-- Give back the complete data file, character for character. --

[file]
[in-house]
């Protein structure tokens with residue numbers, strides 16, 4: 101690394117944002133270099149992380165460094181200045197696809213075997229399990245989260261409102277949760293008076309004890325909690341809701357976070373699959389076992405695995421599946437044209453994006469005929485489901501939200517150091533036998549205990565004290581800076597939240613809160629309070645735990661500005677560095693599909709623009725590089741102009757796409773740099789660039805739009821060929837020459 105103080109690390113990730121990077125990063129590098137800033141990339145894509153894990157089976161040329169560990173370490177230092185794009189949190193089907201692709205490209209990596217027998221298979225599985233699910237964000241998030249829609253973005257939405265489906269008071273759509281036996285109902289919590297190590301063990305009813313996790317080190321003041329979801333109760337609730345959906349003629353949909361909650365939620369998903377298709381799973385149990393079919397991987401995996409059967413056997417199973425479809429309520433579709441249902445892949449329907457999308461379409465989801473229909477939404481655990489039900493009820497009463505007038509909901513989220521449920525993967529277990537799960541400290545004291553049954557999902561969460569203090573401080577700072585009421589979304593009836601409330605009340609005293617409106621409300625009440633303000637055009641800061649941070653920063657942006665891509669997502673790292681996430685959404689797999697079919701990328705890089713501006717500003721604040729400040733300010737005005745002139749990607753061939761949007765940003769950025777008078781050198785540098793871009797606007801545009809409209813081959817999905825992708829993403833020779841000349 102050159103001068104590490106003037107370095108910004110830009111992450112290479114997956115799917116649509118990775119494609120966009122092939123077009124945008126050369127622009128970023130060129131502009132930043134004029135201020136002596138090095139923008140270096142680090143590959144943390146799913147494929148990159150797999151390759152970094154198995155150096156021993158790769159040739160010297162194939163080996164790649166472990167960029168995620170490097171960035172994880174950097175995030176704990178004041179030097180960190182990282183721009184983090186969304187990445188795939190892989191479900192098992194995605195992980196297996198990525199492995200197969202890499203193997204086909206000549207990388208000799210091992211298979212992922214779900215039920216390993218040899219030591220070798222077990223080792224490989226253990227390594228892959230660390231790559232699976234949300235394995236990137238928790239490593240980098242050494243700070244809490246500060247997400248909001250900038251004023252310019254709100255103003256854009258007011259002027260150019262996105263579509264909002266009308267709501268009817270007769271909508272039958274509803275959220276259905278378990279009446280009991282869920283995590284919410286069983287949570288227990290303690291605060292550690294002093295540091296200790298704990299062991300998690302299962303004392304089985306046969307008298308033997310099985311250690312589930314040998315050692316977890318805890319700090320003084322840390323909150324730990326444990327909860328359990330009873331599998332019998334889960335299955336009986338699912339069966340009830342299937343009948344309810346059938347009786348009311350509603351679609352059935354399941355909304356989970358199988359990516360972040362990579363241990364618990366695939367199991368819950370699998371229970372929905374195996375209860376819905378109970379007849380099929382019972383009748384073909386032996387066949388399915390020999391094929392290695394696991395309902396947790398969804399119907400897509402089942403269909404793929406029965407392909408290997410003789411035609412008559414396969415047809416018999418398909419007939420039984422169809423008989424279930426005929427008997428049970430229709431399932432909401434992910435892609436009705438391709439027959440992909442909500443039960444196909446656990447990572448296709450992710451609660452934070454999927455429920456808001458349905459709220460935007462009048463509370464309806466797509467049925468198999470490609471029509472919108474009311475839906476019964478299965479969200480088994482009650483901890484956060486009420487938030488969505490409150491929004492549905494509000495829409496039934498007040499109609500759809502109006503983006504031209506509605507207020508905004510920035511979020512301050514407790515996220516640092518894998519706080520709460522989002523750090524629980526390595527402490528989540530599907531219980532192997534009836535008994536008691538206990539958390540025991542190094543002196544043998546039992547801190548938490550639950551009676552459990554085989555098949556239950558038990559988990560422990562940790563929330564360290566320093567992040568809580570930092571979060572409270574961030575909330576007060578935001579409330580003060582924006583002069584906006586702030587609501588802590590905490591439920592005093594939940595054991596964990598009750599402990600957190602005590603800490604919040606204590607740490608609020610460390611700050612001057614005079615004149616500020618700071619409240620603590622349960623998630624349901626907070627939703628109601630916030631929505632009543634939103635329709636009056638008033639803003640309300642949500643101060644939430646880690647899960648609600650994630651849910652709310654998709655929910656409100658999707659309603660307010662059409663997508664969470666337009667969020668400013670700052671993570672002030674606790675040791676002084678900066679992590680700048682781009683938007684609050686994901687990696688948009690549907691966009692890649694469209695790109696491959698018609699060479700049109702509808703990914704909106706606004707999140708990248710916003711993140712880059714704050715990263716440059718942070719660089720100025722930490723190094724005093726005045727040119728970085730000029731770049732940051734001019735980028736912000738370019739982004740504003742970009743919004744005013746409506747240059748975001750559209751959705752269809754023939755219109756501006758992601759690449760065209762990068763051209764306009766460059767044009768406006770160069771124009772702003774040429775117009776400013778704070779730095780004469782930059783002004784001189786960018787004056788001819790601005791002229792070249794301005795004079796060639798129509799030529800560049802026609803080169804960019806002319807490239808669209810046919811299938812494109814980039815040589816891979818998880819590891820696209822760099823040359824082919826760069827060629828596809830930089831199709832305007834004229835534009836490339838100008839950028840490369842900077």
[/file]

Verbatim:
[in-house]
């Protein structure tokens with residue numbers, strides 16, 4: 101690394117944002133270099149992380165460094181200045197696809213075997229399990245989260261409102277949760293008076309004890325909690341809701357976070373699959389076992405695995421599946437044209453994006469005929485489901501939200517150091533036998549205990565004290581800076597939240613809160629309070645735990661500005677560095693599909709623009725590089741102009757796409773740099789660039805739009821060929837020459 105103080109690390113990730121990077125990063129590098137800033141990339145894509153894990157089976161040329169560990173370490177230092185794009189949190193089907201692709205490209209990596217027998221298979225599985233699910237964000241998030249829609253973005257939405265489906269008071273759509281036996285109902289919590297190590301063990305009813313996790317080190321003041329979801333109760337609730345959906349003629353949909361909650365939620369998903377298709381799973385149990393079919397991987401995996409059967413056997417199973425479809429309520433579709441249902445892949449329907457999308461379409465989801473229909477939404481655990489039900493009820497009463505007038509909901513989220521449920525993967529277990537799960541400290545004291553049954557999902561969460569203090573401080577700072585009421589979304593009836601409330605009340609005293617409106621409300625009440633303000637055009641800061649941070653920063657942006665891509669997502673790292681996430685959404689797999697079919701990328705890089713501006717500003721604040729400040733300010737005005745002139749990607753061939761949007765940003769950025777008078781050198785540098793871009797606007801545009809409209813081959817999905825992708829993403833020779841000349 102050159103001068104590490106003037107370095108910004110830009111992450112290479114997956115799917116649509118990775119494609120966009122092939123077009124945008126050369127622009128970023130060129131502009132930043134004029135201020136002596138090095139923008140270096142680090143590959144943390146799913147494929148990159150797999151390759152970094154198995155150096156021993158790769159040739160010297162194939163080996164790649166472990167960029168995620170490097171960035172994880174950097175995030176704990178004041179030097180960190182990282183721009184983090186969304187990445188795939190892989191479900192098992194995605195992980196297996198990525199492995200197969202890499203193997204086909206000549207990388208000799210091992211298979212992922214779900215039920216390993218040899219030591220070798222077990223080792224490989226253990227390594228892959230660390231790559232699976234949300235394995236990137238928790239490593240980098242050494243700070244809490246500060247997400248909001250900038251004023252310019254709100255103003256854009258007011259002027260150019262996105263579509264909002266009308267709501268009817270007769271909508272039958274509803275959220276259905278378990279009446280009991282869920283995590284919410286069983287949570288227990290303690291605060292550690294002093295540091296200790298704990299062991300998690302299962303004392304089985306046969307008298308033997310099985311250690312589930314040998315050692316977890318805890319700090320003084322840390323909150324730990326444990327909860328359990330009873331599998332019998334889960335299955336009986338699912339069966340009830342299937343009948344309810346059938347009786348009311350509603351679609352059935354399941355909304356989970358199988359990516360972040362990579363241990364618990366695939367199991368819950370699998371229970372929905374195996375209860376819905378109970379007849380099929382019972383009748384073909386032996387066949388399915390020999391094929392290695394696991395309902396947790398969804399119907400897509402089942403269909404793929406029965407392909408290997410003789411035609412008559414396969415047809416018999418398909419007939420039984422169809423008989424279930426005929427008997428049970430229709431399932432909401434992910435892609436009705438391709439027959440992909442909500443039960444196909446656990447990572448296709450992710451609660452934070454999927455429920456808001458349905459709220460935007462009048463509370464309806466797509467049925468198999470490609471029509472919108474009311475839906476019964478299965479969200480088994482009650483901890484956060486009420487938030488969505490409150491929004492549905494509000495829409496039934498007040499109609500759809502109006503983006504031209506509605507207020508905004510920035511979020512301050514407790515996220516640092518894998519706080520709460522989002523750090524629980526390595527402490528989540530599907531219980532192997534009836535008994536008691538206990539958390540025991542190094543002196544043998546039992547801190548938490550639950551009676552459990554085989555098949556239950558038990559988990560422990562940790563929330564360290566320093567992040568809580570930092571979060572409270574961030575909330576007060578935001579409330580003060582924006583002069584906006586702030587609501588802590590905490591439920592005093594939940595054991596964990598009750599402990600957190602005590603800490604919040606204590607740490608609020610460390611700050612001057614005079615004149616500020618700071619409240620603590622349960623998630624349901626907070627939703628109601630916030631929505632009543634939103635329709636009056638008033639803003640309300642949500643101060644939430646880690647899960648609600650994630651849910652709310654998709655929910656409100658999707659309603660307010662059409663997508664969470666337009667969020668400013670700052671993570672002030674606790675040791676002084678900066679992590680700048682781009683938007684609050686994901687990696688948009690549907691966009692890649694469209695790109696491959698018609699060479700049109702509808703990914704909106706606004707999140708990248710916003711993140712880059714704050715990263716440059718942070719660089720100025722930490723190094724005093726005045727040119728970085730000029731770049732940051734001019735980028736912000738370019739982004740504003742970009743919004744005013746409506747240059748975001750559209751959705752269809754023939755219109756501006758992601759690449760065209762990068763051209764306009766460059767044009768406006770160069771124009772702003774040429775117009776400013778704070779730095780004469782930059783002004784001189786960018787004056788001819790601005791002229792070249794301005795004079796060639798129509799030529800560049802026609803080169804960019806002319807490239808669209810046919811299938812494109814980039815040589816891979818998880819590891820696209822760099823040359824082919826760069827060629828596809830930089831199709832305007834004229835534009836490339838100008839950028840490369842900077």